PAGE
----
Archive - News Article
May 24th, 2011
WOONSOCKET â The city found out it was continuing to pay the health insurance premiums of dead people after double-checking its eligibility lists in an effort to identify wasteful spending.
The recertification of the eligibility list was intended to identify precisely those sorts of problems, said Mayor Leo T. Fontaine, who ordered the process several weeks ago.
LINCOLN â A Manville woman died tragically Friday evening when a tree limb being cut by her husband struck her in the head, apparently killing her instantly.
Police responded to a home on Elm Street at 8:06 p.m. after receiving a report of a domestic accident. Lt. Joseph Conti and Patrolman Walter Ptaszek stated the man had asked his wife to hold a rope attached to a limb so that, once it was cut, she could lower it to the ground gently.
When Jarrod and Cindy Wellsâ first child was born three years ago, the young coupleâs lives took a turn down a figurative path they never expected to be walking.
Now, the Bellingham natives are founders and organizers of an actual walk that will raise money for research on the condition that redirected their focus: Prader-Willi Syndrome.
Their daughter, Madylin, is the one in 16,000 newborns diagnosed with the birth defect, a complex syndrome resulting from a chromosomal abnormality.
Family and friends gathered outside the former Bellingham Public Library Sunday for the dedication of the Ernest A. Taft Jr. Historical Museum. Taft passed away in 2010. Pictured, from left, are Taftâs mother, Josephine âJosieâ Taft; his brother-in-law, Roland Arcand; former Bellingham selectwoman and friend Mary Chaves; and Taftâs sister, Joanna Arcand. In back is mistress of ceremonies Marcia Crooks of the Bellingham Historical Commission.
WOONSOCKET â A non-profit developer from Providence wants to build a 42-unit apartment complex for low-income senior citizens off Privilege Street.
Omni Privilege Limited Partnership's proposal for Waterview South Elderly Apartments would represent not just the biggest addition to the city's stock of affordable housing for the elderly in years, but the biggest housing development of any kind since well before the recession began in 2008.
BURRILLVILLE â A 23-year-old teacher and town resident was arrested early yesterday morning and charged with one count each of Enticement of Children, Child Pornography Prohibited and Contributing to the Delinquency of a Minor.
At 5:40 a.m., detectives and officers from the Burrillville Police Department, the R.I. State Police ICAC Team (Internet Crimes Against Children) and a deputy from the U.S. Marshalâs Office served a search warrant at the home of Justin W. Menoche, at 1871 Victory Highway.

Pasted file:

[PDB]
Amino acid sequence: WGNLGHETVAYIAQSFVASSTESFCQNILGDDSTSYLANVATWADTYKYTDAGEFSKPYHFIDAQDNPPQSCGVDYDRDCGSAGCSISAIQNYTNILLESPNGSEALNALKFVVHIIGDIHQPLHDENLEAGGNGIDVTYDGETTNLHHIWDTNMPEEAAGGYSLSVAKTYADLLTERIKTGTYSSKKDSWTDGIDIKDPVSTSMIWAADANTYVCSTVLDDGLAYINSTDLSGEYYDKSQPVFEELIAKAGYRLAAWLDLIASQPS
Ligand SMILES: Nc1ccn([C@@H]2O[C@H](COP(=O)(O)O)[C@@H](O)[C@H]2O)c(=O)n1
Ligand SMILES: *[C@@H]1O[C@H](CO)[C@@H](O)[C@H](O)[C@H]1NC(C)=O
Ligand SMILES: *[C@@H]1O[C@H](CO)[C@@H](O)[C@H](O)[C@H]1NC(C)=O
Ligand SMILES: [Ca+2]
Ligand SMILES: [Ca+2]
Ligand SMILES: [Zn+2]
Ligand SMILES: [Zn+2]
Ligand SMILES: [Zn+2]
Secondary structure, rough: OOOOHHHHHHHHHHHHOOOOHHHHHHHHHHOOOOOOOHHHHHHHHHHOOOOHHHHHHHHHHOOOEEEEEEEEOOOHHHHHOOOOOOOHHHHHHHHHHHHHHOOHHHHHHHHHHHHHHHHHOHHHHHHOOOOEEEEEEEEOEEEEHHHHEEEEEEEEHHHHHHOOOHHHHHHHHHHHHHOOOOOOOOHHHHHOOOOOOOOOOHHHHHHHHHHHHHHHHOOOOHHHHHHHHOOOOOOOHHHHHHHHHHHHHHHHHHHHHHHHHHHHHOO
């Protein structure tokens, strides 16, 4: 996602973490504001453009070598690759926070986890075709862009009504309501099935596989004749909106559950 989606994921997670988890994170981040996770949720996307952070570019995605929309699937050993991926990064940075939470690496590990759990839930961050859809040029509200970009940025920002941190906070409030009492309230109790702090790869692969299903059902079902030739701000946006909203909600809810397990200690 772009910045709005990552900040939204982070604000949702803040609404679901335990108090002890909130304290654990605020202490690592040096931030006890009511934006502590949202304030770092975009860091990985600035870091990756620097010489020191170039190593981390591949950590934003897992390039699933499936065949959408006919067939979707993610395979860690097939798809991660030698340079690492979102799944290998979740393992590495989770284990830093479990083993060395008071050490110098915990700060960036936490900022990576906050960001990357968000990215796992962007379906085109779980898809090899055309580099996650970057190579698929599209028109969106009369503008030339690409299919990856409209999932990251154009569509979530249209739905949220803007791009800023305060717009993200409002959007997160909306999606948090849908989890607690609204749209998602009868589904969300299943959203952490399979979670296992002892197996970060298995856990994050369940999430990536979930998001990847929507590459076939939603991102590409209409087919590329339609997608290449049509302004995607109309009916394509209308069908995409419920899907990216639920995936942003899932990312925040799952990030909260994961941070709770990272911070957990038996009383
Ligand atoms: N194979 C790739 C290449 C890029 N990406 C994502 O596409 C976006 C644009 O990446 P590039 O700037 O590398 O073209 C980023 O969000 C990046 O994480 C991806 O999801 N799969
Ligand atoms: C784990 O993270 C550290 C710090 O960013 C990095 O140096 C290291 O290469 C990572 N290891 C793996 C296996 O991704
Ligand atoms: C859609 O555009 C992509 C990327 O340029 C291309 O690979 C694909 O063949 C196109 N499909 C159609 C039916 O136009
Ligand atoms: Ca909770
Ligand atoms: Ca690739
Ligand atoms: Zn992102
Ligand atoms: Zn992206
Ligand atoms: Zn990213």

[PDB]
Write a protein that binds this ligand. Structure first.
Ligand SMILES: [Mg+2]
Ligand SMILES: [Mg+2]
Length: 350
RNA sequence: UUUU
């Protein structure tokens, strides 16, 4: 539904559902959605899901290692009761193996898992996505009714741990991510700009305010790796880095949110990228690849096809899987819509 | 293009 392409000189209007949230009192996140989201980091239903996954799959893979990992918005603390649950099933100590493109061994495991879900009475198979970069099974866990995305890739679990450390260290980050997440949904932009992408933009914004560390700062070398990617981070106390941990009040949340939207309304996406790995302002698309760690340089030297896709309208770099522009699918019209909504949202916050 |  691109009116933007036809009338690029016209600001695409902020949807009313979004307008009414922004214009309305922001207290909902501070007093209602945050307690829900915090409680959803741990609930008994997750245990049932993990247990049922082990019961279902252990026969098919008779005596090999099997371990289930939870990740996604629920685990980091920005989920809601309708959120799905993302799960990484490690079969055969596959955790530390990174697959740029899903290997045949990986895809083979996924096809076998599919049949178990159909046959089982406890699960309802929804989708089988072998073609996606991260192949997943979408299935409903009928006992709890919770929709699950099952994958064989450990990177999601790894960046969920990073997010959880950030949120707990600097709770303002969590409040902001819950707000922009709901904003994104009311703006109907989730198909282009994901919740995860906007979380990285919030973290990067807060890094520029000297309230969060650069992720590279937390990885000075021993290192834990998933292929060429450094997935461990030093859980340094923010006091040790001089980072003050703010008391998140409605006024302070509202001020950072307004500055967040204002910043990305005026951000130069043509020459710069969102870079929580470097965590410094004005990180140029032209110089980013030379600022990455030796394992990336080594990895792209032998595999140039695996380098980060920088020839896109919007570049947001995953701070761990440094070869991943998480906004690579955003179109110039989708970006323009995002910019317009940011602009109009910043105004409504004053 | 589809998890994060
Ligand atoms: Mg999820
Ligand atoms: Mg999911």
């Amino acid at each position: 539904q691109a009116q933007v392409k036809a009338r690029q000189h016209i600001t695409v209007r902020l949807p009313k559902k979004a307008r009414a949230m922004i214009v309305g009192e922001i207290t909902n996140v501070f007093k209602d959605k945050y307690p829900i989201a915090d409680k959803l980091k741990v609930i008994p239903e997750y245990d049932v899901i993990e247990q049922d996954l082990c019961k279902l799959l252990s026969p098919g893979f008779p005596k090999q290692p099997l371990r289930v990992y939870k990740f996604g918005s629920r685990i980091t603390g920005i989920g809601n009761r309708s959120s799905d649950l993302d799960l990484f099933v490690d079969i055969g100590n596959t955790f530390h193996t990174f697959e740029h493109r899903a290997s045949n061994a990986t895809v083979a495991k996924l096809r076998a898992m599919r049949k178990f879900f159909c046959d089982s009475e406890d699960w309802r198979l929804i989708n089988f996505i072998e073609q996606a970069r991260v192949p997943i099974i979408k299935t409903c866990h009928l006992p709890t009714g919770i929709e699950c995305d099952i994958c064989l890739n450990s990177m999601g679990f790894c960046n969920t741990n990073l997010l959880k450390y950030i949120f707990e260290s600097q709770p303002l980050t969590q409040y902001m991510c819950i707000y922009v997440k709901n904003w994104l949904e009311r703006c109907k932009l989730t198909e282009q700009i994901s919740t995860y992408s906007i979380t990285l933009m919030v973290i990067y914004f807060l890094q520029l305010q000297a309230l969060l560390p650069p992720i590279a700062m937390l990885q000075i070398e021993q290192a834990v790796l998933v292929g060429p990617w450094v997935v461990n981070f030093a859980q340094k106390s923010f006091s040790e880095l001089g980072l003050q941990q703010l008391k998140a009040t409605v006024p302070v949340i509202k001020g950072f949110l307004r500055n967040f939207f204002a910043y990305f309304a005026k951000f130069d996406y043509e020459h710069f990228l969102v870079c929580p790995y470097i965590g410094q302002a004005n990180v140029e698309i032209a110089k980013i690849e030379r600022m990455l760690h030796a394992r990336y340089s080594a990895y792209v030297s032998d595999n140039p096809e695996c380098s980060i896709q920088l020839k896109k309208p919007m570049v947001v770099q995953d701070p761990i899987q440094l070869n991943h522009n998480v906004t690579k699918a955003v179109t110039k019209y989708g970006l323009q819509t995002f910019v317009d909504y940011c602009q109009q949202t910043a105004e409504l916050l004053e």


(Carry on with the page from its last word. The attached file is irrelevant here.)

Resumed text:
Seized in the raid were a laptop computer, cell phone and an external hard drive, police said.
PAWTUCKET â There's strength in numbers. That's why the merger of two longstanding and successful credit unions is good news for local residents in this challenging economy.
Alliance Blackstone Valley Federal Credit Union, of Pawtucket, and Blackstone River Federal Credit Union, headquartered in Woonsocket, are merging.
The announcement by credit union officials was made this week, with the legal merger set to take place on Sept. 30.
WOONSOCKET â James DeForest doesn't have to wonder how much cigarette business he's losing to neighboring Massachusetts. His customers tell him right to his face.
âAs it stands now customers verbally discuss how much cheaper tobacco is in Massachusetts,â said the manager of JB Liquors on Social Street.
âThey will actually make another stop to avoid purchasing cigarettes in our store.â
WOONSOCKET â Prime Healthcare has now withdrawn its offer for Landmark Medical Center, making it the second bidder to walk away from the court-supervised sale of the troubled hospital in four days.
But this time there was a familiar ring to the Ontario, Calif., company's justification for pulling out â problems with Blue Cross/Blue Shield of Rhode Island.
LINCOLN â Despite giving a dire assessment of the current condition of the state pension fund, General Treasurer Gina Raimondo told the Northern Rhode Island Chamber of Commerce Wednesday that there is reason for optimism that the state will bring the $9 billion problem under control.
Raimondo said that Gov. Lincoln Chafee, House Speaker Gordon Fox and Senate President Teresa Paiva Weed âare ready to line up and take on pension reform. They are talking about acting quickly, they are talking about a special session, they are talking about working with me to come out with concrete solutions.